In the second half of September, 1915, Mrs. Laura Redmond got a knock on her door at 1745 North 31st Street and got served with a Writ of Habeas Corpus from her dead husband. They had split 14 years earlier and he arranged to have their daughter, Louise, be put under the care of a convent in Baltimore. Mr. Redmond was then believed to have died en route to California.
           When she turned 18, Louise escaped the convent, where she claimed her living conditions were "practically [like] a slave", and made it all the way to Philadelphia, where she re-united with her mother and lived with her. It only took two weeks for the deceased Mr. Redmond to make his re-appearance and demand through the courts that she be returned to the convent. When asked why this man would go through all this trouble to come back from the grave and bring court proceedings against his ex wife and daughter he had not seen for well over a decade, Mrs. Redmond said "To annoy us."

Birth of a Nation Hits Philadelphia Like a Bag of Hammers

"It will make a better American of you"
          Though the film Birth of a Nation premiered in February of 1915, it wasn't until August of that year that the film made it up to Philadelphia, where it played exclusively at the old Forrest Theater on Broad Street. By the second half of September, the film was so popular that tickets had to be reserved 2 weeks in advanced.
        People were enthralled with the film, which was endorsed by President Woodrow Wilson himself. It had the first posthumous depiction of Abraham Lincoln on screen and displayed the latest in lighting and makeup technology. Other people were extremely offended by the film, since it glorifies the Ku Klux Klan and is rife with racist depictions and stereotypes.
        In Philly, the protest of this film turned into a riot. In the second half of September, 1,500 black men, lead by "a tall negro clergyman" marched up Broad Street singing Onward Christian Soldiers until they reached the theater. The clergyman then waved his cane around and a brick was thrown. At this point, all the cops that were standing around the crowd were directed to shut the protest the fuck down.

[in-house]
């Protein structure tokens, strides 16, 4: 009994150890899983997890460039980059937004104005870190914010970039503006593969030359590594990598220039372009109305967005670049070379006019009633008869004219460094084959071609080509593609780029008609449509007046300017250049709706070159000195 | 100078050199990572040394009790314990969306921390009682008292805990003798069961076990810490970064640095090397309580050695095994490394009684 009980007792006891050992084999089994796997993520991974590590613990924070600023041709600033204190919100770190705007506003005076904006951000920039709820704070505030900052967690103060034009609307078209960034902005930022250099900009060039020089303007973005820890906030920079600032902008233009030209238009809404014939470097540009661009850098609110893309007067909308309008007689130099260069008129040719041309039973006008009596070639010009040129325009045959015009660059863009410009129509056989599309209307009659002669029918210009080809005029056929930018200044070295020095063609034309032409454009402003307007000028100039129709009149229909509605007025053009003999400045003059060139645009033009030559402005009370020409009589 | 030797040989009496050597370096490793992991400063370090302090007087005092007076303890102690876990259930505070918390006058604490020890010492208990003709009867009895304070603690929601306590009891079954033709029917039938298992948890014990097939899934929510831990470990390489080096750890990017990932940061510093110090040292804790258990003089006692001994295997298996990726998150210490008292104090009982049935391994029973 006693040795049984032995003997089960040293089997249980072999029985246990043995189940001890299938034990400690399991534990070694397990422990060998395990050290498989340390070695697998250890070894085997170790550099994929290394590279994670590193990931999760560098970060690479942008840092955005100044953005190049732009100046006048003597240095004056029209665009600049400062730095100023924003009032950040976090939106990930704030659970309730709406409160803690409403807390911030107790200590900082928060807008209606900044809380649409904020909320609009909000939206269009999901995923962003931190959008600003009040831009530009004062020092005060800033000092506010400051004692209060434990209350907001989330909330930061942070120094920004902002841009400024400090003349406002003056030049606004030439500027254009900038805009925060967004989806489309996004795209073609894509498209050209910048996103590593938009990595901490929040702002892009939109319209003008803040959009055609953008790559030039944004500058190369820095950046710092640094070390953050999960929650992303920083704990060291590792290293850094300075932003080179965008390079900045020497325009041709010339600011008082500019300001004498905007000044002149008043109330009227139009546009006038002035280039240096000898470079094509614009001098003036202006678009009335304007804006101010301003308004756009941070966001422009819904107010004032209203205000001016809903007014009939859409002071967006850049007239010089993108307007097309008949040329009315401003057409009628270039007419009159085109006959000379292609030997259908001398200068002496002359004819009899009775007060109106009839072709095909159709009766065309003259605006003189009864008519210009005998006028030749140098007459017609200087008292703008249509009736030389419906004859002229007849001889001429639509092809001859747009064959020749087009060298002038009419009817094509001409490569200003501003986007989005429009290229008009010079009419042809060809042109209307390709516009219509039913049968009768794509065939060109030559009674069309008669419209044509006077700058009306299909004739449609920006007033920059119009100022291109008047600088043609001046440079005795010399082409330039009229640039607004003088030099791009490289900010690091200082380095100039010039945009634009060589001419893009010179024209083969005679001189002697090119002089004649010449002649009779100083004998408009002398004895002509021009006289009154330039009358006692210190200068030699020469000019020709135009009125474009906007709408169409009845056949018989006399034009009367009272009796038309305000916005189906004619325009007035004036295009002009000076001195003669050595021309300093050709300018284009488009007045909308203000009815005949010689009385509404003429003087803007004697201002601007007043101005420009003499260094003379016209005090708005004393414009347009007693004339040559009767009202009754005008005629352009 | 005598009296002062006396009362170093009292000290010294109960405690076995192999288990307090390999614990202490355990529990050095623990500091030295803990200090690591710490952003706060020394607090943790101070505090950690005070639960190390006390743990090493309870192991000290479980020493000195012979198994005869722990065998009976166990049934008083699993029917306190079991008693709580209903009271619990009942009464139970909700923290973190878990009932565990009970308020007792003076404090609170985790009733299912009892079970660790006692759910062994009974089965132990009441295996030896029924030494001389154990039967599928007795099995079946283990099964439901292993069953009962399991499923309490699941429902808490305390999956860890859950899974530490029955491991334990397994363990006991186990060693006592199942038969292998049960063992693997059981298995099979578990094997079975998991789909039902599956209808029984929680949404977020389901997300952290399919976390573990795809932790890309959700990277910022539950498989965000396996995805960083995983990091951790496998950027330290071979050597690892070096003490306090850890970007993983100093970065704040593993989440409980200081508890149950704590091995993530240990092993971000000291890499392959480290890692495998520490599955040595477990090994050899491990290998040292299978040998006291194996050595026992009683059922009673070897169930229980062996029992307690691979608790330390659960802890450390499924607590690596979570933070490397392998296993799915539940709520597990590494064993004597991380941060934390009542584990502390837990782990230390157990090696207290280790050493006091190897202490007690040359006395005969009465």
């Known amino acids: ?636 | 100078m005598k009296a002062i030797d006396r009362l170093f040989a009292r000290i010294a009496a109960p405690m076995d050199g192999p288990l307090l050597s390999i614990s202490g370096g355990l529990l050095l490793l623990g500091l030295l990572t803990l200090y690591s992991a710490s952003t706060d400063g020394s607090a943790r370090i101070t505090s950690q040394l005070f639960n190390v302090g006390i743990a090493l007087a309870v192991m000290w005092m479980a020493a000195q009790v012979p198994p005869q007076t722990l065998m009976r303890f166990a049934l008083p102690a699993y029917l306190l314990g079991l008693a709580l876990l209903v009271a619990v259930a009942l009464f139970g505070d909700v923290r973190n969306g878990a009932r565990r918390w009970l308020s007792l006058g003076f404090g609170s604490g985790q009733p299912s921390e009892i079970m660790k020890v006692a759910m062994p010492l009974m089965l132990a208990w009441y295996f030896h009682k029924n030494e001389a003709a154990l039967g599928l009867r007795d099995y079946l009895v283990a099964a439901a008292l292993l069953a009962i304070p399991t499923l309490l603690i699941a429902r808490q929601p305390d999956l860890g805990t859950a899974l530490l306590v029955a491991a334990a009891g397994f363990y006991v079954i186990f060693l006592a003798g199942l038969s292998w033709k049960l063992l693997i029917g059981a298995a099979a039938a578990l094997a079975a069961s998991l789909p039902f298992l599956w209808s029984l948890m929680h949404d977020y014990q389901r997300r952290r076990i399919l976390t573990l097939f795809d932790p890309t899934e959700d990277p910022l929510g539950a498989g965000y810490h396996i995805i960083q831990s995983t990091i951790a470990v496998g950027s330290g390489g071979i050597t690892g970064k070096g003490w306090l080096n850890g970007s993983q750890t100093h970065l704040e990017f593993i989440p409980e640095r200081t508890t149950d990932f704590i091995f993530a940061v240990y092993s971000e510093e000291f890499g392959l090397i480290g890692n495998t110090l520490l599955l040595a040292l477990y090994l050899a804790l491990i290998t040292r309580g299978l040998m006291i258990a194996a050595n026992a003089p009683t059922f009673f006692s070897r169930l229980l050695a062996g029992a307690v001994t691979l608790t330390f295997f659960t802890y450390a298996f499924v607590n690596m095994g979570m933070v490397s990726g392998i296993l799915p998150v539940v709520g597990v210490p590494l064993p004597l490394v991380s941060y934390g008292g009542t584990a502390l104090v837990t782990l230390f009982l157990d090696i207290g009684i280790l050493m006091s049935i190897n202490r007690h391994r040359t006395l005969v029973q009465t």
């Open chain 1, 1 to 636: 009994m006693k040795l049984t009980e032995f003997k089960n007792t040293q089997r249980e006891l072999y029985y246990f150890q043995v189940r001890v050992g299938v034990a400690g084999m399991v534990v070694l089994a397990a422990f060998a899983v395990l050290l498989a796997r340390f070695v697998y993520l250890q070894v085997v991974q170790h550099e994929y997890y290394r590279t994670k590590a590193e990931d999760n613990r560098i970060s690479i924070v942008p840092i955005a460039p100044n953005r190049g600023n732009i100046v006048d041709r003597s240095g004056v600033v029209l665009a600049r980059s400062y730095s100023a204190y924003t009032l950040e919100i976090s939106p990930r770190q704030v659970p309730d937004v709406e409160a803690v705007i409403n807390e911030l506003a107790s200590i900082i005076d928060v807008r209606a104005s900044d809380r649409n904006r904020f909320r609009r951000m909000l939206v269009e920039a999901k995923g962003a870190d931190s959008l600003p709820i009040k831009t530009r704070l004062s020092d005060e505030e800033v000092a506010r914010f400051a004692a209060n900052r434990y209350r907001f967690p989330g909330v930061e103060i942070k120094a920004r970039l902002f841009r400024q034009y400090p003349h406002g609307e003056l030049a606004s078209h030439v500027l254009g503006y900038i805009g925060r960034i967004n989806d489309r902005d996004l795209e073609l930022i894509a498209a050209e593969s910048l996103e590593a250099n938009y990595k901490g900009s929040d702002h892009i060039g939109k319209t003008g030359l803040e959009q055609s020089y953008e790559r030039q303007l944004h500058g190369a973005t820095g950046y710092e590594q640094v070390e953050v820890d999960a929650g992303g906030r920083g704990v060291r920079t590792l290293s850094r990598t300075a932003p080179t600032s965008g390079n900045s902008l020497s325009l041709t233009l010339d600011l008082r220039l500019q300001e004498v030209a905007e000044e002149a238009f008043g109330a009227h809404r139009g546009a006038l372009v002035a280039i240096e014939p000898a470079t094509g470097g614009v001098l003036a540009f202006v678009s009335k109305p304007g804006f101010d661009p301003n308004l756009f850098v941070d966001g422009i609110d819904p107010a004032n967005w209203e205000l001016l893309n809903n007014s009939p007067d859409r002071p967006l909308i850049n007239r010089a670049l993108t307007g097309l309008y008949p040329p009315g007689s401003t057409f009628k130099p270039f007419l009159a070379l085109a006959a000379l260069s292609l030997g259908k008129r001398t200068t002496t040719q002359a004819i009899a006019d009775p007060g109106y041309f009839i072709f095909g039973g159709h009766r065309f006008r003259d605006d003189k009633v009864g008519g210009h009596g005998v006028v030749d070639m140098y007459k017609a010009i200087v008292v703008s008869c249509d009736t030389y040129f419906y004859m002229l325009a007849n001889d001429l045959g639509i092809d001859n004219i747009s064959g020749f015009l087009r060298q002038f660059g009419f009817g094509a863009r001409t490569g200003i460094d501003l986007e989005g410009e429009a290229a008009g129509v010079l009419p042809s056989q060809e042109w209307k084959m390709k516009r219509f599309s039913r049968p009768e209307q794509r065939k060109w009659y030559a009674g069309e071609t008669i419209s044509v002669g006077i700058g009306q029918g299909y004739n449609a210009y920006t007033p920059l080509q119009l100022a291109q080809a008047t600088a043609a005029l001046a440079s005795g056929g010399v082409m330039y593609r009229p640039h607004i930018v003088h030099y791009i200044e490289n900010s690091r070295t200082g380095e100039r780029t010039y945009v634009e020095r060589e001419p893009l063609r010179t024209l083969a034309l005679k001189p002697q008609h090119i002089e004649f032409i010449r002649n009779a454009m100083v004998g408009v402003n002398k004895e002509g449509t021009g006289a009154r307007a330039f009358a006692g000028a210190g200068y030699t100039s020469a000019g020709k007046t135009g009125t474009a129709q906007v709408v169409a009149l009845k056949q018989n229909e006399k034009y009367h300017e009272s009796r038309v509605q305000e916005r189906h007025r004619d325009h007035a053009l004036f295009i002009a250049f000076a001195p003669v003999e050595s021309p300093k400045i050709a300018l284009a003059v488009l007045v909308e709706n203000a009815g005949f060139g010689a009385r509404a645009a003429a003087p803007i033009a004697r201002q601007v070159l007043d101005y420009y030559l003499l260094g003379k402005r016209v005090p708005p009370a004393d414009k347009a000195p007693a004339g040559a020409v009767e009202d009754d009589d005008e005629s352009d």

They responded by charging into the crowd and cracking every skull within reach with their billy clubs. The crowd panicked and dispersed quickly, some protesters getting trampled in the fray. Others hid in building lobbies and interstitial alleys nearby. Many were severely injured.
        The next day, a group of black men lead by lawyer G. Edward Dickerson and Dr. W.A. Sinclair limped their bandaged-up selves into Mayor Blankenburg's office and demanded that the City Solicitor bring suit against the Forrest Theater and prevent any further screenings of the film. They were unsuccessful. The same group later vowed that they would make their own version of Birth of a Nation, but it is unknown if they ever did.
         In case you never heard of this Oscar-winning racist film or have never seen it, here's the film in all its glory-- all 3 hours 12 minutes of it.

1 comment:

  1. Seriously? A penny lunch was pack of biscuits or a coffee? Is that why they call it a school cafeteria? If you have a source for that delightful tidbit, I would love to read more about it.